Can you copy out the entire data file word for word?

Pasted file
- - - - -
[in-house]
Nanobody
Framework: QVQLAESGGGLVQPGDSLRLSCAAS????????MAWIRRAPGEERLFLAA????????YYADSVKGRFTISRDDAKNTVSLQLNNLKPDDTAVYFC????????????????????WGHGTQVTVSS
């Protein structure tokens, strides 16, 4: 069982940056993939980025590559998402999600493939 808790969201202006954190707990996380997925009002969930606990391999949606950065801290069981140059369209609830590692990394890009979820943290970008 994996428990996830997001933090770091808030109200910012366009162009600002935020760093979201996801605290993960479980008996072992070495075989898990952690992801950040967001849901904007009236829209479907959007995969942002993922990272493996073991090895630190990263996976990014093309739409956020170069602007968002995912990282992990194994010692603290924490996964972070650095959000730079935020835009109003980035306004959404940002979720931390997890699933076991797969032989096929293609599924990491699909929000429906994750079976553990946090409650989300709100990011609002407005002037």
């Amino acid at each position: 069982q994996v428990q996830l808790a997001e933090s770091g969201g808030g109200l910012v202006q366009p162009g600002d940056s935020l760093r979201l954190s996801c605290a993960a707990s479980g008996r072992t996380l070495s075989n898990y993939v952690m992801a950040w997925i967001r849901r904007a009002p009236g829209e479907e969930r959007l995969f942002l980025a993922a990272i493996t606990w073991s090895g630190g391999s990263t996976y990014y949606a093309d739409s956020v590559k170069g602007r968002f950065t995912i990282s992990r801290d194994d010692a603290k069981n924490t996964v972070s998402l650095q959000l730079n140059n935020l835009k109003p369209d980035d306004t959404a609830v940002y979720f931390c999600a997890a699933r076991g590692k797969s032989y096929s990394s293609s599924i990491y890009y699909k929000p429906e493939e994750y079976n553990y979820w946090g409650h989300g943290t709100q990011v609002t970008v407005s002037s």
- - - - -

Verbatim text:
[in-house]
Nanobody
Framework: QVQLAESGGGLVQPGDSLRLSCAAS????????MAWIRRAPGEERLFLAA????????YYADSVKGRFTISRDDAKNTVSLQLNNLKPDDTAVYFC????????????????????WGHGTQVTVSS
């Protein structure tokens, strides 16, 4: 069982940056993939980025590559998402999600493939 808790969201202006954190707990996380997925009002969930606990391999949606950065801290069981140059369209609830590692990394890009979820943290970008 994996428990996830997001933090770091808030109200910012366009162009600002935020760093979201996801605290993960479980008996072992070495075989898990952690992801950040967001849901904007009236829209479907959007995969942002993922990272493996073991090895630190990263996976990014093309739409956020170069602007968002995912990282992990194994010692603290924490996964972070650095959000730079935020835009109003980035306004959404940002979720931390997890699933076991797969032989096929293609599924990491699909929000429906994750079976553990946090409650989300709100990011609002407005002037």
């Amino acid at each position: 069982q994996v428990q996830l808790a997001e933090s770091g969201g808030g109200l910012v202006q366009p162009g600002d940056s935020l760093r979201l954190s996801c605290a993960a707990s479980g008996r072992t996380l070495s075989n898990y993939v952690m992801a950040w997925i967001r849901r904007a009002p009236g829209e479907e969930r959007l995969f942002l980025a993922a990272i493996t606990w073991s090895g630190g391999s990263t996976y990014y949606a093309d739409s956020v590559k170069g602007r968002f950065t995912i990282s992990r801290d194994d010692a603290k069981n924490t996964v972070s998402l650095q959000l730079n140059n935020l835009k109003p369209d980035d306004t959404a609830v940002y979720f931390c999600a997890a699933r076991g590692k797969s032989y096929s990394s293609s599924i990491y890009y699909k929000p429906e493939e994750y079976n553990y979820w946090g409650h989300g943290t709100q990011v609002t970008v407005s002037s």